Publications

Working Paper

The Effects of Welfare and Employment Policies on Child Care Use by Low-Income Young Mothers

06/2003
| Anna Gassman-Pines

Summary of Key Findings for Working Paper No. 19

Background

High-quality child care plays an important dual role in the lives of families: It supports both parents' work as well as the cognitive and social development of children. Child care's dual role is particularly important for low-income young mothers who lack work experience and teen mothers whose early childbearing increases their children's of poor developmental outcomes. But if low-income parents and their children are to realize the benefits high-quality care, it is important that these families' child care choices be understood.

This study examines the types of child care used by young mothers who enter the workforce, in the context of eight different welfare and employment programs that operated in five states.

Key Findings

  • Programs that increased employment or participation in education or training activities significantly increased use of child care overall. However, comparing two types of child care - formal care arrangements and home-based care arrangements - it was found that programs that increased employment or participation in employment-related activities among young mothers increased use of formal child care and had no effect on the use of home-based child care.
  • Looking more closely at two types of formal care - center-based care and Head Start - a clear pattern emerges. The four programs that increased mothers' employment or participation in employment-related activities increased use of center-based care and decreased use of Head Start. It appears that as the young mothers in these programs moved from welfare to work they traded use of Head Start for center-based care.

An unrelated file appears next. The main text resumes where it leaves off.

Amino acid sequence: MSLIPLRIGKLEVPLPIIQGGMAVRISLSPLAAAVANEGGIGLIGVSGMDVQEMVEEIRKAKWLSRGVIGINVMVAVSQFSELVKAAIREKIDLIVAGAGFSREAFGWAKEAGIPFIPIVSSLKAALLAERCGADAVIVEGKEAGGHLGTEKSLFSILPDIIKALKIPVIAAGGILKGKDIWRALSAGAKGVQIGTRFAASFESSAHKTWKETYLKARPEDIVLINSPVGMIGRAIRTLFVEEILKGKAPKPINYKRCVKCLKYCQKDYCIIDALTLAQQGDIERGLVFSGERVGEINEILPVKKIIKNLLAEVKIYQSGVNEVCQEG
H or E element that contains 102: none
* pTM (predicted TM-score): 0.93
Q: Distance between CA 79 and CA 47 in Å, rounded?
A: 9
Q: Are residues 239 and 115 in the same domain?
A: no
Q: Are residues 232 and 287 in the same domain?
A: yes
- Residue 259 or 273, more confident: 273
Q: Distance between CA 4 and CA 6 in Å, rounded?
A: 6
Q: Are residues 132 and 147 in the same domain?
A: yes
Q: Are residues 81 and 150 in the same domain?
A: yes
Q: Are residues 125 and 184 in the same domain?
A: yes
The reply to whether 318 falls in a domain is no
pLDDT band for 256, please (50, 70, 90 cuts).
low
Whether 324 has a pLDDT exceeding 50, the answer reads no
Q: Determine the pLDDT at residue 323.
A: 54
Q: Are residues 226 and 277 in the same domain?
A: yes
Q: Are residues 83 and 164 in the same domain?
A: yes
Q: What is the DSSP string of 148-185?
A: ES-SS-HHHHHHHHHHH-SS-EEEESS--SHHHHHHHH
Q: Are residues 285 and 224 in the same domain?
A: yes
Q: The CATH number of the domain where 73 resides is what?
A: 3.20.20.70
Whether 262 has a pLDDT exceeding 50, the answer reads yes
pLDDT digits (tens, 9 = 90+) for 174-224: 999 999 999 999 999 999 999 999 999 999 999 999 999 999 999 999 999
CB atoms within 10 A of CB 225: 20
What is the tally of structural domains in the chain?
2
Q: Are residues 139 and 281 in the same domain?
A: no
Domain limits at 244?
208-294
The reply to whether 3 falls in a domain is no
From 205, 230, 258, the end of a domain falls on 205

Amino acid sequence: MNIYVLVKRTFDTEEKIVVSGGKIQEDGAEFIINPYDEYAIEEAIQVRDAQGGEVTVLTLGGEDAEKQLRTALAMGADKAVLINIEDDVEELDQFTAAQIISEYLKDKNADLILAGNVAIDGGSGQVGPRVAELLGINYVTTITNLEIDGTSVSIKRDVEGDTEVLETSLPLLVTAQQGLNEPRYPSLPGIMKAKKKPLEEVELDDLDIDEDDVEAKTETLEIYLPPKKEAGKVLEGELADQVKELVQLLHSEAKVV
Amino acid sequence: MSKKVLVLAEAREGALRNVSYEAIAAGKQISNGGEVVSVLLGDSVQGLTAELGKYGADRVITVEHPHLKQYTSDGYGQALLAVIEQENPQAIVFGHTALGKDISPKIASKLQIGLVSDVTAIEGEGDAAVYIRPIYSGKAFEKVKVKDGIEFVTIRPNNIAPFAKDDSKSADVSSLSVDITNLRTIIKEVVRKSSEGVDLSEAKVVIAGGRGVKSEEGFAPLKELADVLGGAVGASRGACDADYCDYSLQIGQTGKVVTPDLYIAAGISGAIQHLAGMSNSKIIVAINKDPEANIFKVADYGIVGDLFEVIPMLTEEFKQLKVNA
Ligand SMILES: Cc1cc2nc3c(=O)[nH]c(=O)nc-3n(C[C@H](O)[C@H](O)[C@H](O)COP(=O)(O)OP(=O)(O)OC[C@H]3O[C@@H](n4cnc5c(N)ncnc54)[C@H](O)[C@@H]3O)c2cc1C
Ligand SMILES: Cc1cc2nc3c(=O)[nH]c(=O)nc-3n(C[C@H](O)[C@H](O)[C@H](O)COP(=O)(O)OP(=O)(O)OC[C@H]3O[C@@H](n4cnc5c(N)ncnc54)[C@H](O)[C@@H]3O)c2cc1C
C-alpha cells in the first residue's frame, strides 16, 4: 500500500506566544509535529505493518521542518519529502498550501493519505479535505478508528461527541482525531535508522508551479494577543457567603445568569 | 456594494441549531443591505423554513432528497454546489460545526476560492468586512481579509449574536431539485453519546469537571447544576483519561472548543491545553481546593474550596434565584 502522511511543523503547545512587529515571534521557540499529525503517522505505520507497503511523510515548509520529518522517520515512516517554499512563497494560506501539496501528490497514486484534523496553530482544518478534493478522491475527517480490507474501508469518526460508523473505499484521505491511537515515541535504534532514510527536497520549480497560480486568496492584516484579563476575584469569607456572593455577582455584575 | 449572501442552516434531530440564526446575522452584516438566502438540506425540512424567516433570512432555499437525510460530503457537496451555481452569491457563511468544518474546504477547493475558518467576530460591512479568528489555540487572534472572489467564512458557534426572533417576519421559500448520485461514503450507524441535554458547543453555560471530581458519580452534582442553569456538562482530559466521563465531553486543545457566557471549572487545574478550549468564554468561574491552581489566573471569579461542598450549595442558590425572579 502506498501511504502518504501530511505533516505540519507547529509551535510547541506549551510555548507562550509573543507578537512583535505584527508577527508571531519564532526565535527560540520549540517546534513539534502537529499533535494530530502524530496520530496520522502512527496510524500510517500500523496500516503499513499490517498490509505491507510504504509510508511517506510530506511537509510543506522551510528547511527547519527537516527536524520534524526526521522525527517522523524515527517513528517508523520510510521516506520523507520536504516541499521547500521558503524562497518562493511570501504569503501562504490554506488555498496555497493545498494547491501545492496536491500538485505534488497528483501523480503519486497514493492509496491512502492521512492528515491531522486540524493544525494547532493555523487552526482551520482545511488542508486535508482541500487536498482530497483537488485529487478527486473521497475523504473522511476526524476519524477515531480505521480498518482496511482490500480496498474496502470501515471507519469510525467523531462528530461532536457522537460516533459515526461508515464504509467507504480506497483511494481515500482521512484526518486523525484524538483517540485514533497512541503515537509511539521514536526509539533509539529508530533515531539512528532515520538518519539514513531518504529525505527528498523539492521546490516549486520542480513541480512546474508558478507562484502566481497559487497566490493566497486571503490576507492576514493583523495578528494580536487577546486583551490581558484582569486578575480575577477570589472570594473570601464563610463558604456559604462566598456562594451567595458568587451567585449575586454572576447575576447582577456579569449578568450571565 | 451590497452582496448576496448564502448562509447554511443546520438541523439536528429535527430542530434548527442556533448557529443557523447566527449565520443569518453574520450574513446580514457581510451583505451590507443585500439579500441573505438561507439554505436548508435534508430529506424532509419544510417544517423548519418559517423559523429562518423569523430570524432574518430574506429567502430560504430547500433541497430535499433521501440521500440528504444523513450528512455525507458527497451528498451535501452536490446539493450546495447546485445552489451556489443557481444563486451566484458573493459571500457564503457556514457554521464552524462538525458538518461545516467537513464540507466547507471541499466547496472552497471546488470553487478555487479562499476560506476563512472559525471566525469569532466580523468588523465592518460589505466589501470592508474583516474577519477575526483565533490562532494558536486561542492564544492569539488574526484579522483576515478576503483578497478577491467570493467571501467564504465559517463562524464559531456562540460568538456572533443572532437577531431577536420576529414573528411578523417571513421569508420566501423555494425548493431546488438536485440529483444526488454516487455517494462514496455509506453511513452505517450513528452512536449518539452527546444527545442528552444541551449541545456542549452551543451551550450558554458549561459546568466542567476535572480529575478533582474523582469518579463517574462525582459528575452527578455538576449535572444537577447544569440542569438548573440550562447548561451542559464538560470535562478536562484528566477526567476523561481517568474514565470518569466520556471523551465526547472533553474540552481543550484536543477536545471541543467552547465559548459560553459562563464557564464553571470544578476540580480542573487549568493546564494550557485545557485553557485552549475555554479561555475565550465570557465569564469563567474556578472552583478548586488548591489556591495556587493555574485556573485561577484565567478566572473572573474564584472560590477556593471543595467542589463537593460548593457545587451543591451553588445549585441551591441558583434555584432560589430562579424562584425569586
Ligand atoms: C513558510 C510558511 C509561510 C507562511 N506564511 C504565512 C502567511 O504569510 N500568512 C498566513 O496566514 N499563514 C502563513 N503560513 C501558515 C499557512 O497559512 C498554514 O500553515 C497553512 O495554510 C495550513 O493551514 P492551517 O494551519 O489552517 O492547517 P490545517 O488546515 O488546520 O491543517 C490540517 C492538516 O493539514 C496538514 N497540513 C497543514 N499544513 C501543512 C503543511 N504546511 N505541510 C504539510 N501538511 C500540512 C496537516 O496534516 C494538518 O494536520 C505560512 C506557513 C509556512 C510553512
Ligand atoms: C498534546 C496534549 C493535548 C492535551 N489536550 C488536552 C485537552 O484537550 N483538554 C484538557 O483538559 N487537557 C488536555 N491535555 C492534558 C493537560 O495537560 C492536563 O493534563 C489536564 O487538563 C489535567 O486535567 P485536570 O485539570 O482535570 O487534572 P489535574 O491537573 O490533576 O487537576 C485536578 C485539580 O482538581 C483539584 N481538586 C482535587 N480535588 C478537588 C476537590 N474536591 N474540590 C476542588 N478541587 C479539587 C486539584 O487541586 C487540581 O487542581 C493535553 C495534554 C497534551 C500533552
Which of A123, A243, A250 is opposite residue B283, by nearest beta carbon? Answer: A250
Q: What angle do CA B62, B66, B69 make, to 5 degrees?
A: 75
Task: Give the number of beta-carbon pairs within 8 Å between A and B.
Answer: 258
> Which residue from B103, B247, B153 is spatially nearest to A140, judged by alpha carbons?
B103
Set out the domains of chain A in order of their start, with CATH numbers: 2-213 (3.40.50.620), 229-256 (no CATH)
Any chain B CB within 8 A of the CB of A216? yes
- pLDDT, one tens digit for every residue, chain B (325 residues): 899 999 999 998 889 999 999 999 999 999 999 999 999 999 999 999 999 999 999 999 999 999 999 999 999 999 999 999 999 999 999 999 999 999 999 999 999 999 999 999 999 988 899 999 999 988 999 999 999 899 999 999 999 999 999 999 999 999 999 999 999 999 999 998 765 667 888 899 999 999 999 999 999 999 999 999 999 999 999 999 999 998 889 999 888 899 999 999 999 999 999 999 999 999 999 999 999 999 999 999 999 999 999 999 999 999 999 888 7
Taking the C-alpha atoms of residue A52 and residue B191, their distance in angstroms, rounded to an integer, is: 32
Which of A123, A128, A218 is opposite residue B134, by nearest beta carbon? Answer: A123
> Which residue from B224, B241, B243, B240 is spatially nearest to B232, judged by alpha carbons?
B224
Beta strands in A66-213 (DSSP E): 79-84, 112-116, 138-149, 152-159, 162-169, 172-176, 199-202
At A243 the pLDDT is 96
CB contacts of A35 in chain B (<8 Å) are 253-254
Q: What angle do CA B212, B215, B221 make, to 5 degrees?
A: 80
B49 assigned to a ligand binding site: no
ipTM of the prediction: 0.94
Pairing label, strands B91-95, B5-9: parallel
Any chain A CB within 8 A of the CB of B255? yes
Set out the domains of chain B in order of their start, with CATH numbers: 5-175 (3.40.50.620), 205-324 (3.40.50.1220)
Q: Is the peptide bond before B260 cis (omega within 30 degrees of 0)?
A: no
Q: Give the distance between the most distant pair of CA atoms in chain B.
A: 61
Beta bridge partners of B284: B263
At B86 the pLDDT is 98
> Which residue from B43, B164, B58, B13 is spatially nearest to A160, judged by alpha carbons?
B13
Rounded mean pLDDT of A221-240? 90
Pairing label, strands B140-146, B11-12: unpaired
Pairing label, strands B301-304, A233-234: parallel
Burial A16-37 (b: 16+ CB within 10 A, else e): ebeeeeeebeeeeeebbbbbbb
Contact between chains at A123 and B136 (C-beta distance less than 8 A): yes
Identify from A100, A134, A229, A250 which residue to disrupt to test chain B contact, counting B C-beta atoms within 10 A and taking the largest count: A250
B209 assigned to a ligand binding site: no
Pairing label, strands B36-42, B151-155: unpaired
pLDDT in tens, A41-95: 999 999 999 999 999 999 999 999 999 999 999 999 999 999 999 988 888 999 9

• Programs that did not increase employment or participation in employment-related activities had no effect on use of any care overall or on the use of formal care, home-based care, or Head Start. Surprisingly, programs that did not increase young mothers' employment or participation in employment-related activities significantly decreased their use of center-based care relative to the control groups. This is a puzzling finding; there are no clear reasons for the decrease in center-based care.

Conclusions and Implications

These results indicate that policymakers and program directors should strongly consider adding services during the hours that Head Start does not operate or extending funding to make Head Start a full-day program. Many Head Start programs have already moved in this direction. Because Head Start is available only to preschool-aged children, efforts should also be continued to improve the quality of all child care.